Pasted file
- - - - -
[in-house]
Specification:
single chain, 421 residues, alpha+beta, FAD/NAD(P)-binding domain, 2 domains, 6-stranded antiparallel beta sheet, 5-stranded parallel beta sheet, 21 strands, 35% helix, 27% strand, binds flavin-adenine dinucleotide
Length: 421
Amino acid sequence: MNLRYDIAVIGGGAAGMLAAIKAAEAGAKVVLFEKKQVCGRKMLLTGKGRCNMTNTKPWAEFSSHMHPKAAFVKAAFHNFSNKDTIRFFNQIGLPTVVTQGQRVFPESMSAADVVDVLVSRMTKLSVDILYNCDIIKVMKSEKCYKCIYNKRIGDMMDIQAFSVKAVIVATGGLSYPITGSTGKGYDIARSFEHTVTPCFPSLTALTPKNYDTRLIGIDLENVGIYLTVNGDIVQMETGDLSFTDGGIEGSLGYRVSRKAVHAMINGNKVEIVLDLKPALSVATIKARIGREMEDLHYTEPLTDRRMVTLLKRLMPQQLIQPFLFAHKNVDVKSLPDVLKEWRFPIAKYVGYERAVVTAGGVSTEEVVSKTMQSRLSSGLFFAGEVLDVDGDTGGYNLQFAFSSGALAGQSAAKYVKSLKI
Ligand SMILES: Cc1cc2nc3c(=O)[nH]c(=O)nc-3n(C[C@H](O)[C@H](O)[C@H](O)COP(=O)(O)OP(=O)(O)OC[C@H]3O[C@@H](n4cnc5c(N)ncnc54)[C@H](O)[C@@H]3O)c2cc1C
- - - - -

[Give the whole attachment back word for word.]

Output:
[in-house]
Specification:
single chain, 421 residues, alpha+beta, FAD/NAD(P)-binding domain, 2 domains, 6-stranded antiparallel beta sheet, 5-stranded parallel beta sheet, 21 strands, 35% helix, 27% strand, binds flavin-adenine dinucleotide
Length: 421
Amino acid sequence: MNLRYDIAVIGGGAAGMLAAIKAAEAGAKVVLFEKKQVCGRKMLLTGKGRCNMTNTKPWAEFSSHMHPKAAFVKAAFHNFSNKDTIRFFNQIGLPTVVTQGQRVFPESMSAADVVDVLVSRMTKLSVDILYNCDIIKVMKSEKCYKCIYNKRIGDMMDIQAFSVKAVIVATGGLSYPITGSTGKGYDIARSFEHTVTPCFPSLTALTPKNYDTRLIGIDLENVGIYLTVNGDIVQMETGDLSFTDGGIEGSLGYRVSRKAVHAMINGNKVEIVLDLKPALSVATIKARIGREMEDLHYTEPLTDRRMVTLLKRLMPQQLIQPFLFAHKNVDVKSLPDVLKEWRFPIAKYVGYERAVVTAGGVSTEEVVSKTMQSRLSSGLFFAGEVLDVDGDTGGYNLQFAFSSGALAGQSAAKYVKSLKI
Ligand SMILES: Cc1cc2nc3c(=O)[nH]c(=O)nc-3n(C[C@H](O)[C@H](O)[C@H](O)COP(=O)(O)OP(=O)(O)OC[C@H]3O[C@@H](n4cnc5c(N)ncnc54)[C@H](O)[C@@H]3O)c2cc1C